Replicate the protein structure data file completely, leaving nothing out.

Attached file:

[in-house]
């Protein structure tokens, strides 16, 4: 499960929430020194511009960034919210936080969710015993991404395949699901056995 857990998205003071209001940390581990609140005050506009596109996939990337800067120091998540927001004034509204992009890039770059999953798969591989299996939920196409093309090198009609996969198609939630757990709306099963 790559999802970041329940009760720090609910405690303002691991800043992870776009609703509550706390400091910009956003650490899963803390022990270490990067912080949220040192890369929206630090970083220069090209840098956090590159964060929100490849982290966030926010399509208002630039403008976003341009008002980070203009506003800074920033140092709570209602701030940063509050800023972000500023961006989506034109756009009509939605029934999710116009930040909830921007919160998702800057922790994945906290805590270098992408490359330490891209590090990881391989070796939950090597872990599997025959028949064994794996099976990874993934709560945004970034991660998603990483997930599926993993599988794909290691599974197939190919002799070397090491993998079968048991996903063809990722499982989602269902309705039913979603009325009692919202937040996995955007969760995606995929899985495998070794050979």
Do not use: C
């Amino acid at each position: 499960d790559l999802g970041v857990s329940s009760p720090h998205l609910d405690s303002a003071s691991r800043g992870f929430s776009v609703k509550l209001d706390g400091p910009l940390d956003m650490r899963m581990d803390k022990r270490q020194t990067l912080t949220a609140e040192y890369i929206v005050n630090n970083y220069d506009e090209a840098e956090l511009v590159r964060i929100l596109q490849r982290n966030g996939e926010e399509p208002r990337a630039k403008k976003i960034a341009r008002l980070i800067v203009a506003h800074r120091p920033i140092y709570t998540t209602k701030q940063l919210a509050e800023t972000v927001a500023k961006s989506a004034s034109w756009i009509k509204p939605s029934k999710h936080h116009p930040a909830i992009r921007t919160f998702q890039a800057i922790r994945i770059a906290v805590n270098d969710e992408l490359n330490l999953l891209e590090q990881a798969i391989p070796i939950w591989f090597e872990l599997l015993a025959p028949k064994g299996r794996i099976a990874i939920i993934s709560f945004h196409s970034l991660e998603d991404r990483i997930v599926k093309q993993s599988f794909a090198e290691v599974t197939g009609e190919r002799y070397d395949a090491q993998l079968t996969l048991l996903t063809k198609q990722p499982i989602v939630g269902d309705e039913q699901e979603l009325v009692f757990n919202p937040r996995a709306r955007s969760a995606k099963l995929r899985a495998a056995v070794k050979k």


[in-house]
């Protein structure tokens, strides 16, 4: 499960929430020194511009960034919210936080969710015993991404395949699901056995 857990998205003071209001940390581990609140005050506009596109996939990337800067120091998540927001004034509204992009890039770059999953798969591989299996939920196409093309090198009609996969198609939630757990709306099963 790559999802970041329940009760720090609910405690303002691991800043992870776009609703509550706390400091910009956003650490899963803390022990270490990067912080949220040192890369929206630090970083220069090209840098956090590159964060929100490849982290966030926010399509208002630039403008976003341009008002980070203009506003800074920033140092709570209602701030940063509050800023972000500023961006989506034109756009009509939605029934999710116009930040909830921007919160998702800057922790994945906290805590270098992408490359330490891209590090990881391989070796939950090597872990599997025959028949064994794996099976990874993934709560945004970034991660998603990483997930599926993993599988794909290691599974197939190919002799070397090491993998079968048991996903063809990722499982989602269902309705039913979603009325009692919202937040996995955007969760995606995929899985495998070794050979």
Do not use: C
């Amino acid at each position: 499960d790559l999802g970041v857990s329940s009760p720090h998205l609910d405690s303002a003071s691991r800043g992870f929430s776009v609703k509550l209001d706390g400091p910009l940390d956003m650490r899963m581990d803390k022990r270490q020194t990067l912080t949220a609140e040192y890369i929206v005050n630090n970083y220069d506009e090209a840098e956090l511009v590159r964060i929100l596109q490849r982290n966030g996939e926010e399509p208002r990337a630039k403008k976003i960034a341009r008002l980070i800067v203009a506003h800074r120091p920033i140092y709570t998540t209602k701030q940063l919210a509050e800023t972000v927001a500023k961006s989506a004034s034109w756009i009509k509204p939605s029934k999710h936080h116009p930040a909830i992009r921007t919160f998702q890039a800057i922790r994945i770059a906290v805590n270098d969710e992408l490359n330490l999953l891209e590090q990881a798969i391989p070796i939950w591989f090597e872990l599997l015993a025959p028949k064994g299996r794996i099976a990874i939920i993934s709560f945004h196409s970034l991660e998603d991404r990483i997930v599926k093309q993993s599988f794909a090198e290691v599974t197939g009609e190919r002799y070397d395949a090491q993998l079968t996969l048991l996903t063809k198609q990722p499982i989602v939630g269902d309705e039913q699901e979603l009325v009692f757990n919202p937040r996995a709306r955007s969760a995606k099963l995929r899985a495998a056995v070794k050979k």